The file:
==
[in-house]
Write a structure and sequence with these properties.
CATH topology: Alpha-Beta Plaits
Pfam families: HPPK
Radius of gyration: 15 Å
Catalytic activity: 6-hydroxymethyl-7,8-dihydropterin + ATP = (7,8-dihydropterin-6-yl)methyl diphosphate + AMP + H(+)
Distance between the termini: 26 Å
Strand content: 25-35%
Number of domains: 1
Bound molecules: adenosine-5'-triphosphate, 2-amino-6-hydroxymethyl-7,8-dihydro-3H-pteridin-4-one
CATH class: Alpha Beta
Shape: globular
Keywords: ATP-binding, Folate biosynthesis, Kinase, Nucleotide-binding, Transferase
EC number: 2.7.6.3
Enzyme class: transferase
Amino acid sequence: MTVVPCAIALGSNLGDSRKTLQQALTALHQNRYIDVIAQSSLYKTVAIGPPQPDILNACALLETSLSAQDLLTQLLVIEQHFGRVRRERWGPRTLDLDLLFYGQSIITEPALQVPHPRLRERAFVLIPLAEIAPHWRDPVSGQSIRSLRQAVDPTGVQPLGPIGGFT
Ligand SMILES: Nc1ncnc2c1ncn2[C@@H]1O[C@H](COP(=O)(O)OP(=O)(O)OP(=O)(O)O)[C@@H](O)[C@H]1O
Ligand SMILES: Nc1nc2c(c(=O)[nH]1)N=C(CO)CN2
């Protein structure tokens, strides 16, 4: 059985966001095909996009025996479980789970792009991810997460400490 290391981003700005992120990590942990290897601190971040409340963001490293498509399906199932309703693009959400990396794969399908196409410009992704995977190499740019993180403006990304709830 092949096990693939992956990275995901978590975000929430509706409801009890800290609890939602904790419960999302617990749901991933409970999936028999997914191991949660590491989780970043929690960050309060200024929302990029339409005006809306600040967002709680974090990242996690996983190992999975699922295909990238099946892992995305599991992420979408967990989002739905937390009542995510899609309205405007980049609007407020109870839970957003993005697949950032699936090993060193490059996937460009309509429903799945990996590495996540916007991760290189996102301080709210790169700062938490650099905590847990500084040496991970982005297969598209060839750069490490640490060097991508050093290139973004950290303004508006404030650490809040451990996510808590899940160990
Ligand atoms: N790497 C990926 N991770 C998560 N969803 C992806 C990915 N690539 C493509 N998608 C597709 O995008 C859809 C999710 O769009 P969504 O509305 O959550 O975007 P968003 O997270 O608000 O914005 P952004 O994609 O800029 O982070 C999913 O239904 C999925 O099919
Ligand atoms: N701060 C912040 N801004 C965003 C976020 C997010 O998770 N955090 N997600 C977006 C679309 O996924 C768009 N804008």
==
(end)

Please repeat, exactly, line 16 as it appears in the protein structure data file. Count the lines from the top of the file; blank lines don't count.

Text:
Amino acid sequence: MTVVPCAIALGSNLGDSRKTLQQALTALHQNRYIDVIAQSSLYKTVAIGPPQPDILNACALLETSLSAQDLLTQLLVIEQHFGRVRRERWGPRTLDLDLLFYGQSIITEPALQVPHPRLRERAFVLIPLAEIAPHWRDPVSGQSIRSLRQAVDPTGVQPLGPIGGFT